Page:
Stomach disorders, headache
The castor oil plant/Kivunu
Scurvy, wounds, throat infection, gall bladder, skin infection
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As smooth as … The potential for silk farming in the dry lands
he history of silk is as old as civilisation. The luxurious look and lustre of silk fabric are unquestionably unique. From its origin in China about 2,200 BC, the silk industry has had an adventurous course of evolution, becoming established with time in other parts of the world. Sericulture is the practice of raising silkworms to produce raw silk. The best-known commercial silkworm is the domesticated mulberry silkworm, Bombyx mori but other types of moths produce wild silk of commercial value. In East Africa, there are over 60 wild silk moth species. Examples include, Gonometa postica in Mwingi, Uasin Gishu and Arabuko Sokoke; Argema mimosae, in Makueni and Arabuko Sokoke and Anaphe panda from Kakamega Forest. The ziziphus species described in this article is found in the North Rift region. Wild silk moths require host plants to live in and feed on. Food plants play an important role in wild silk production and most non-mulberry silkworms feed on many different types of food. Eight primary food plants and several secondary food plants for different wild silk moths have so far been identified. They include several Acacia species, Brachystegia spiciformis and Lannea schweinfurthii, among others. For wild silk farming to be sustainable, farming as opposed to wild harvesting is encouraged. Care of the silkworms (using net sleeves at the early stages) and preservation of seed will ensure a continued population. The food plant for Epiphora bauhineae are from the genus Ziziphus.
Ziziphus mucronata (Tirokwo)
a) Ziziphus mucronata This is a wickedly armed scrambler, shrub or small tree with dropping tangled branches and thorns, that grows up to seven metres. It is widely distributed in drier tropical Africa and grows in a variety of soils. It is used for
firewood, charcoal, building poles, medicine (roots, leaves), fodder (fruit) and live fences. The tree bears small yellowish flowers. The fruit is rounded, dark reddish- brown when ripe, the pulp very acid and scarcely edible. Propagation is by seedlings, direct sowing and root suckers. The seed can be stored for up to 12 months. The species is difficult to handle due to its many hooked thorns. It is an important species in dry areas and widely liked for medicine. It is used for boils, skin infections and stomach and chest pains. The yellow pink wood is tough and bends well. Livestock and wild animals eat the fruit.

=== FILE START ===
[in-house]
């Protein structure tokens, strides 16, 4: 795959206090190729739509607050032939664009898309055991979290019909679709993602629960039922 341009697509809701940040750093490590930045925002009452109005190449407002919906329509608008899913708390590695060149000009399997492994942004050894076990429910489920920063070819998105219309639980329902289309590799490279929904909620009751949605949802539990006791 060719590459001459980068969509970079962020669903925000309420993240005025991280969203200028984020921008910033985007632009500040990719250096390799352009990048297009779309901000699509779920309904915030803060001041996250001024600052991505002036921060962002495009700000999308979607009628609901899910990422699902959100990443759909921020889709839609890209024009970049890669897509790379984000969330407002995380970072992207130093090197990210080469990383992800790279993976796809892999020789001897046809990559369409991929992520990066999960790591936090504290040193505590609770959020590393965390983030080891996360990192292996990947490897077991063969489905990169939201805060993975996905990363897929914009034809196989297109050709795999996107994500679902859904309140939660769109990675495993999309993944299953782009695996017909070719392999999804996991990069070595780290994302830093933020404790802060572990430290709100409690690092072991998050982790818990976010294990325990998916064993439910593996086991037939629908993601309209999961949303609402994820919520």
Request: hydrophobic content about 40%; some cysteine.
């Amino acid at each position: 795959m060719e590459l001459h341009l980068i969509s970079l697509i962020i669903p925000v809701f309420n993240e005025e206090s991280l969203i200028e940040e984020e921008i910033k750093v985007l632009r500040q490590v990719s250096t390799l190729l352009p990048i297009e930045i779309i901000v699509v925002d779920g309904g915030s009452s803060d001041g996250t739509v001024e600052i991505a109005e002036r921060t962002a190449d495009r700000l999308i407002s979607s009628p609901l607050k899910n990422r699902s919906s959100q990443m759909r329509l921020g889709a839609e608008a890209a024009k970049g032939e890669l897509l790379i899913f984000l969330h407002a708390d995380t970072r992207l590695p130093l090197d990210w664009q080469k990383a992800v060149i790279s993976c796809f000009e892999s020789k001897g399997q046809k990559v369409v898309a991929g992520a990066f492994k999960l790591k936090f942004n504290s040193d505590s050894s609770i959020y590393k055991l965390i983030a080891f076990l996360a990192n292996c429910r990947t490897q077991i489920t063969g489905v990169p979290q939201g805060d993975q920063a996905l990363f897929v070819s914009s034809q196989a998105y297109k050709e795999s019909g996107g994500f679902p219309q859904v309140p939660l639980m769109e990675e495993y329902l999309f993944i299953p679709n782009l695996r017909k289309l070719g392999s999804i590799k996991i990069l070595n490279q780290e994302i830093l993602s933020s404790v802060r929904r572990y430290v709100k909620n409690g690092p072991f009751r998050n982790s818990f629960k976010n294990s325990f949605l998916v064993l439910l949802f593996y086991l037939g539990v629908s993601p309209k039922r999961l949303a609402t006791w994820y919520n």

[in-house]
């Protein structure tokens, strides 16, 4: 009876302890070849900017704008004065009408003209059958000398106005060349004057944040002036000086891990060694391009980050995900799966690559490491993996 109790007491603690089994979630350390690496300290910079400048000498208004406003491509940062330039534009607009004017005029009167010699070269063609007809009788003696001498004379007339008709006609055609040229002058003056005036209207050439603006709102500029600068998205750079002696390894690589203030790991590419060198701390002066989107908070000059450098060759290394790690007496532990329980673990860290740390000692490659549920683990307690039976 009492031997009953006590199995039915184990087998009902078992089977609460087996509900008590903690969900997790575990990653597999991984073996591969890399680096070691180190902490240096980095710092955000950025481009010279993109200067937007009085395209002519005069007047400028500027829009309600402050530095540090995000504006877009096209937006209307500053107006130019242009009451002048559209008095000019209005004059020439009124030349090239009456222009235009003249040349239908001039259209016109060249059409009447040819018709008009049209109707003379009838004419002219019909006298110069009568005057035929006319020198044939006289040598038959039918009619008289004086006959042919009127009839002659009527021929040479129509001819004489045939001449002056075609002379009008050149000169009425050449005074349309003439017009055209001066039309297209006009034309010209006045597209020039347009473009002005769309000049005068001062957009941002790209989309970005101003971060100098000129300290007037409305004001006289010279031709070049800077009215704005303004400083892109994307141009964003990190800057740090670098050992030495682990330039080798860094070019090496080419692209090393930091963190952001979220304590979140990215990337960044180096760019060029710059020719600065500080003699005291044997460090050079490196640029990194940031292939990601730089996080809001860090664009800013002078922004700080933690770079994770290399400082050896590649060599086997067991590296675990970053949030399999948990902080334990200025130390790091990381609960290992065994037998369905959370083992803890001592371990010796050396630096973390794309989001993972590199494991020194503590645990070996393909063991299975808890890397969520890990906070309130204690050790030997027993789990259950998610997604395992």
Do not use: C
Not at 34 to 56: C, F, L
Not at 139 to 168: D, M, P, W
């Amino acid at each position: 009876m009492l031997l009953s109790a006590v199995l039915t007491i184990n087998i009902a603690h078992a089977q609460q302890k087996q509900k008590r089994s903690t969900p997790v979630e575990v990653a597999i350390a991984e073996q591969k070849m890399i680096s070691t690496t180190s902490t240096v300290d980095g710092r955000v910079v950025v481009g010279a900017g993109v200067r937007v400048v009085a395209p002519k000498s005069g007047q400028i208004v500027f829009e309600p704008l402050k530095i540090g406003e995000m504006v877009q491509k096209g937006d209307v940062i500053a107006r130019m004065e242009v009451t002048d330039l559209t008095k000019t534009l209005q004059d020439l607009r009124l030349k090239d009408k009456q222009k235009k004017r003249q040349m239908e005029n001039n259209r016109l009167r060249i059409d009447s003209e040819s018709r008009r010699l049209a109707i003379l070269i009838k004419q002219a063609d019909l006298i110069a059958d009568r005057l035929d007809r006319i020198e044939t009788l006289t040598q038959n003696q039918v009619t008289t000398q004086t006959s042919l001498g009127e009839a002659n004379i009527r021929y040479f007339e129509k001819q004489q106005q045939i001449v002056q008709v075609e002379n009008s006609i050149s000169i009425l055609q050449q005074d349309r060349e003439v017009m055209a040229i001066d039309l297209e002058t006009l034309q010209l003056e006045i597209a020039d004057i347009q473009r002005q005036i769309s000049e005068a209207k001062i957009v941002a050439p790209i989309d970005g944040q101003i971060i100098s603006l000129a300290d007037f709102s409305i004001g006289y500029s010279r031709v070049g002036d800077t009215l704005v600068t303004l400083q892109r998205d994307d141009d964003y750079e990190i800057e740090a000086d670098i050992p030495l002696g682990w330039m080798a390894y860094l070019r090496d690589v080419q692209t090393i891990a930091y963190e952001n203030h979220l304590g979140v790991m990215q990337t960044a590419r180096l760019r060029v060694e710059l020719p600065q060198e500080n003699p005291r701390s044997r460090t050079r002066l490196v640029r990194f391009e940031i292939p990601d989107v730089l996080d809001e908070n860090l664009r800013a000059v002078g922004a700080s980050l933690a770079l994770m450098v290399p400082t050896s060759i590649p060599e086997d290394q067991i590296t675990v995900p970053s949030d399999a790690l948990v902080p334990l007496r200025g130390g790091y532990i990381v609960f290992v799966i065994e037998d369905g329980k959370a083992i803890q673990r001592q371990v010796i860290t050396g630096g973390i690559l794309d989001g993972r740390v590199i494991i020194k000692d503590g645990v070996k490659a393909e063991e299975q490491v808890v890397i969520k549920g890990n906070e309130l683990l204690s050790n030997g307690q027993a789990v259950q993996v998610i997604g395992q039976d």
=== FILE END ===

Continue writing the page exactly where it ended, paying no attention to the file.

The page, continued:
smaller and re-curved with the leaves arising between the two pair of thorns. The life cycle To undertake successful wild silk moth farming, it is important to know the life cycle information of the species found in one’s locality. The Pokot silk moth, for instance, passes through four main developmental stages - egg, larva (caterpillar), pupa (enclosed in a silken cocoon), and adult (imago). Generally, the developmental time for the different stages is influenced by the nutritional quality of the host plant’s leaves during larval feeding as well as the climatic conditions. The Epiphora bauhiniae silk moth takes approximately 35 days to complete its cycle. Instar one lasts for six days, instar two for four days, instar three for five days, instar four for five days, instar five for four days and instar six lasts for three days. The eggs take seven days to hatch. Rearing options For protection against predators, use of net sleeves is recommended. There are two versions in use depending on the host plant.
Above and below: Ziziphus mauritiana (Tlomwo)
b) Ziziphus mauritiana This also is a wickedly armed scrambler, shrub or small, very thorny tree. It is often found in thickets, and is widespread at the coast and inland up to 1,400m. This species is fast growing and drought resistant, makes good fodder and an excellent hedge, with hard, heavy wood. It is used at the coast for beds and dhows. When ripe, the fruit pulp can be made into a thirstquenching drink and also into a potent spirit. It is distributed from the coast to Nyanza and is often riparian. The strong sharp thorns are in pairs, one straight to 2 cm, and the other
1. Net sleeve option for Z.mucronata Nicely trim a branch of Z. mucronata and tie a net sleeve measuring 1m by 1 m by 1m tightly on to the handle to ensure that worms will not escape along the branch. Release about 50 third instar worms at any point inside the net. The worms will find their way into the preferred leaves as they crawl around. Supervise after every three or four days to monitor the growth progress. Any dead worms must be removed and as soon as the leaves have been eaten exhaustively, transfer the net and the worms to a nearby branch. The worms are easy to handle and are not hairy or irritating on handling. 2. The cage method This is ideal for the thorny Z. mauritiana. Here, male and female cocoons are tied on to the tree in the ratio of one to two depending on the canopy of the tree. The cocoons are left on to the tree for the moths to emerge, mate and lay eggs. The moths will lay eggs randomly on the branches from where they will hatch and start feeding on the leaves. Close monitoring as with the net sleeves will be needed as the worms develop until spinning. Harvesting After instar six, the grown-up worms will spin